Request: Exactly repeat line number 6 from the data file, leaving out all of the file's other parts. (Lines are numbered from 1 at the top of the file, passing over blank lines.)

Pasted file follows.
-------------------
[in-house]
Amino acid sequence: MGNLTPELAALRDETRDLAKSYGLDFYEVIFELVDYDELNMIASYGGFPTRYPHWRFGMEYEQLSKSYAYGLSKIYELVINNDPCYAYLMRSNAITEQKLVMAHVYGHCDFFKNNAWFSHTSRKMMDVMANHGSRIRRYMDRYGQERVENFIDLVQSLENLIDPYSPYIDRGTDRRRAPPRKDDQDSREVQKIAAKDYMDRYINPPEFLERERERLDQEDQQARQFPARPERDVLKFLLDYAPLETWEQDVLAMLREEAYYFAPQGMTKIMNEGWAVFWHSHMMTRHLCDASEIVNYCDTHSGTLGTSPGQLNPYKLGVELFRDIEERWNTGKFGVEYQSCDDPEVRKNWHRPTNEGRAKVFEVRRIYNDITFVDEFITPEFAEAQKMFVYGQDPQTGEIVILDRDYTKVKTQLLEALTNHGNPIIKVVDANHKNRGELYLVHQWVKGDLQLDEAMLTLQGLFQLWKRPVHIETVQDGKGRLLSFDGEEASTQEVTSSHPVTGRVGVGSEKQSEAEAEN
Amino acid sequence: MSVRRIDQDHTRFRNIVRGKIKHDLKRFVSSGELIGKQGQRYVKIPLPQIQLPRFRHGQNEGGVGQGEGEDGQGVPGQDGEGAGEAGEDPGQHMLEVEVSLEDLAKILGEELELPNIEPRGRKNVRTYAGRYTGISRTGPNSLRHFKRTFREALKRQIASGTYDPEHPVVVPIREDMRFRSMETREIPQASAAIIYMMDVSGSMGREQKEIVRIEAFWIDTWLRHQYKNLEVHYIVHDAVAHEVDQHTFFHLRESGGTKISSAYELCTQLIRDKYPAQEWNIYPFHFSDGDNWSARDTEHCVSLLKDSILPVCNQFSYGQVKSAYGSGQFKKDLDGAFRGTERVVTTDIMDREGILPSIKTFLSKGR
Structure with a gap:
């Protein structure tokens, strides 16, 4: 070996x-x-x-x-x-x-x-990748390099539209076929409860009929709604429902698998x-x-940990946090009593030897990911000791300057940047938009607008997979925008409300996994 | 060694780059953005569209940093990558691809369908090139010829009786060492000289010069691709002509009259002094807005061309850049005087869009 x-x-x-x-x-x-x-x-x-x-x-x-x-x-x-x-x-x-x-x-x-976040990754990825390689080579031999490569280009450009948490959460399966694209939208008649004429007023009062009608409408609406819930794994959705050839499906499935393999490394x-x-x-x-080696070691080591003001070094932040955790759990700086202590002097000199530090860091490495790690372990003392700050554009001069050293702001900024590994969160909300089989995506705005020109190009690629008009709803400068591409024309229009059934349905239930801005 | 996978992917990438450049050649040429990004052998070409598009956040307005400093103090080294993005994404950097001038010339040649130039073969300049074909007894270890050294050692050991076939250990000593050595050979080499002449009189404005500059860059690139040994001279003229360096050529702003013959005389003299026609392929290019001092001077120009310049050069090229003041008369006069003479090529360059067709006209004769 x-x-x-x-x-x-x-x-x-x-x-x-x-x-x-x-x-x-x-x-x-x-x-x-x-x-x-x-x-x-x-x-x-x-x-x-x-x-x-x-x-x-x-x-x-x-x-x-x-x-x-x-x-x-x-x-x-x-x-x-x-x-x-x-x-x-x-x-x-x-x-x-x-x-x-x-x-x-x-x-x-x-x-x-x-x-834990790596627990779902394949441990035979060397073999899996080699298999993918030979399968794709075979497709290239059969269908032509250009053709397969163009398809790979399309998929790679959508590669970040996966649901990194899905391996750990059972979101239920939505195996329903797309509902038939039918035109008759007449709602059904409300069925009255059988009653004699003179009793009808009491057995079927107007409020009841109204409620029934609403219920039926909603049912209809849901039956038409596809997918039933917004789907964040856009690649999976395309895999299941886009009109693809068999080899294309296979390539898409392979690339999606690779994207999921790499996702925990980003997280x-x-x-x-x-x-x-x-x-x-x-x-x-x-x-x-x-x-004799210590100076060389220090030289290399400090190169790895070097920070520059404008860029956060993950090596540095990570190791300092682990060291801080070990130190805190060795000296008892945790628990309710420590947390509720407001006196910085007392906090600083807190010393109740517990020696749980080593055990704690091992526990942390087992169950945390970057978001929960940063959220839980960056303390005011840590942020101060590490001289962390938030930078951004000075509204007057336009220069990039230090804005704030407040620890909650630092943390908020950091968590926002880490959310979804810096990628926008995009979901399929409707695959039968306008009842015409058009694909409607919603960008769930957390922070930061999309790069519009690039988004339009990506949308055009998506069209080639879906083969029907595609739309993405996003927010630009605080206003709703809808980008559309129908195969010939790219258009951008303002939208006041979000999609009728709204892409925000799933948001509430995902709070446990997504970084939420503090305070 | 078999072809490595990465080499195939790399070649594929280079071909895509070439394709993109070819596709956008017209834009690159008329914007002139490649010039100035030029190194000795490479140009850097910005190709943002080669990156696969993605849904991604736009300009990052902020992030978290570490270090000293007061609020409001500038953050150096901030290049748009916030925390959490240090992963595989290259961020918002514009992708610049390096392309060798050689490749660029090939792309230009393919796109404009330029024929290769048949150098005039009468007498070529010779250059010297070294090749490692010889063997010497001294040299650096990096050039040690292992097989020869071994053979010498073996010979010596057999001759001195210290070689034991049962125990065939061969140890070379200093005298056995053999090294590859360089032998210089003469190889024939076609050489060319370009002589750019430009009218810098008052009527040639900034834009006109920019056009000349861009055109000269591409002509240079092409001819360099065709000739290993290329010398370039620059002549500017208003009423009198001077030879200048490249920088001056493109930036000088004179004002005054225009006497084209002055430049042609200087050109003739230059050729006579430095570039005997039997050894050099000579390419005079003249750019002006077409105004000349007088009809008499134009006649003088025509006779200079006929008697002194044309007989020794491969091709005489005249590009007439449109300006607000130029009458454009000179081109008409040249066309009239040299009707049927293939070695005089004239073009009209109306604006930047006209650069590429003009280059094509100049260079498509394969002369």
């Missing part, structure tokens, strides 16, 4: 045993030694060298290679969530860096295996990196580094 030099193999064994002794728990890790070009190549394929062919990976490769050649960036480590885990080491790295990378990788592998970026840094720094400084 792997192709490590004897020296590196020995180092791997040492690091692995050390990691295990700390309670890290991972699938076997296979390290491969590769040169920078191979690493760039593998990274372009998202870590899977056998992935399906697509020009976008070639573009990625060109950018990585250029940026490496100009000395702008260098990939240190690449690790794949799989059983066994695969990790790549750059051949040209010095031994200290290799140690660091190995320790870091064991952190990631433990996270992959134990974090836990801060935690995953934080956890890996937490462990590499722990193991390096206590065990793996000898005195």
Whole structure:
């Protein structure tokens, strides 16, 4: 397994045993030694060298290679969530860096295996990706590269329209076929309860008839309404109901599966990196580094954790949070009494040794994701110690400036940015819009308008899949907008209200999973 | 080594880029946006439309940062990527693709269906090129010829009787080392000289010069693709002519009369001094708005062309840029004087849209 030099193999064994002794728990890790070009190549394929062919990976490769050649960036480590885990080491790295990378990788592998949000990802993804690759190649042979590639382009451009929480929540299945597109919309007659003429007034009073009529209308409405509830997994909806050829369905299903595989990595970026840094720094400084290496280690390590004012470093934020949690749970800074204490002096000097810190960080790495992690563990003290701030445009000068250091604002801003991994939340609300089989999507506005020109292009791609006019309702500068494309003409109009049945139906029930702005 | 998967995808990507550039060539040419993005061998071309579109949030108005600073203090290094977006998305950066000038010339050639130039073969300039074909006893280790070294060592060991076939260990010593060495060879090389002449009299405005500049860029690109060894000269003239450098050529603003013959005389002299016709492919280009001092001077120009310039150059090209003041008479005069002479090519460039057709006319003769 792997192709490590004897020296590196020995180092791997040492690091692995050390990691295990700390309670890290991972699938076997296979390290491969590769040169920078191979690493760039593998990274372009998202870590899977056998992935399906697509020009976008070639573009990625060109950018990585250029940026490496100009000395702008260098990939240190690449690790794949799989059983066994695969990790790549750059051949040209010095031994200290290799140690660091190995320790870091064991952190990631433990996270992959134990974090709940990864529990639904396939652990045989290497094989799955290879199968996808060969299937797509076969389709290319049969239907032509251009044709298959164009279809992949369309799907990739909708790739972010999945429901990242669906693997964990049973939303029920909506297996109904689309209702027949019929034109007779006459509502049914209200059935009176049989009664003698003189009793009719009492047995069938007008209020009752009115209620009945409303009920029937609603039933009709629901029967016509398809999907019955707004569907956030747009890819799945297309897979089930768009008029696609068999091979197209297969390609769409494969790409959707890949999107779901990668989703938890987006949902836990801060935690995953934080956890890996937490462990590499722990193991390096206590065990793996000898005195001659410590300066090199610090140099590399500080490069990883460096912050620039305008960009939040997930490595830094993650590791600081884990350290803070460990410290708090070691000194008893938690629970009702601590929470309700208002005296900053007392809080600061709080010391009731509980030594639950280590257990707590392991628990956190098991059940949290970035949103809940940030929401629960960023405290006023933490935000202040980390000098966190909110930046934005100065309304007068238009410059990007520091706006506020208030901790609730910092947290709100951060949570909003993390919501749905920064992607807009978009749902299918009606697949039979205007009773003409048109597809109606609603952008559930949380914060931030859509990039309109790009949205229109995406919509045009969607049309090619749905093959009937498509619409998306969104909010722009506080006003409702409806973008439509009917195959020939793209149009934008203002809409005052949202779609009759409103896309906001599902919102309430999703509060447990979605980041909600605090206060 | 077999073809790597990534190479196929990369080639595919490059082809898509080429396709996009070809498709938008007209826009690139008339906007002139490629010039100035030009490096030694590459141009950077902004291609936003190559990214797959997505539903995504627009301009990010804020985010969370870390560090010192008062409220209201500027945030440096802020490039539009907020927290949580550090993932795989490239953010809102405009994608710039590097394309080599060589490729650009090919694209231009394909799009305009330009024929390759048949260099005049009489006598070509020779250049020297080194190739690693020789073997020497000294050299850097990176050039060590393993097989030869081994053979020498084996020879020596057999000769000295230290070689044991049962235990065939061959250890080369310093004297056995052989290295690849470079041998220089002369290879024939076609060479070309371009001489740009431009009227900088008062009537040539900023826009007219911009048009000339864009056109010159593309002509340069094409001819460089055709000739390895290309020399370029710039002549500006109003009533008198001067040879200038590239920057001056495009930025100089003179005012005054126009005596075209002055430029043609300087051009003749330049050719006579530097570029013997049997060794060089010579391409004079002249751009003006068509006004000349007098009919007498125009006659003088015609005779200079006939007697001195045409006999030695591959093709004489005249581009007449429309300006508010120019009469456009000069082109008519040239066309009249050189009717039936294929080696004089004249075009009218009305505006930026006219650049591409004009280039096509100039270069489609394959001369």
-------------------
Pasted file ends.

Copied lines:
């Missing part, structure tokens, strides 16, 4: 045993030694060298290679969530860096295996990196580094 030099193999064994002794728990890790070009190549394929062919990976490769050649960036480590885990080491790295990378990788592998970026840094720094400084 792997192709490590004897020296590196020995180092791997040492690091692995050390990691295990700390309670890290991972699938076997296979390290491969590769040169920078191979690493760039593998990274372009998202870590899977056998992935399906697509020009976008070639573009990625060109950018990585250029940026490496100009000395702008260098990939240190690449690790794949799989059983066994695969990790790549750059051949040209010095031994200290290799140690660091190995320790870091064991952190990631433990996270992959134990974090836990801060935690995953934080956890890996937490462990590499722990193991390096206590065990793996000898005195």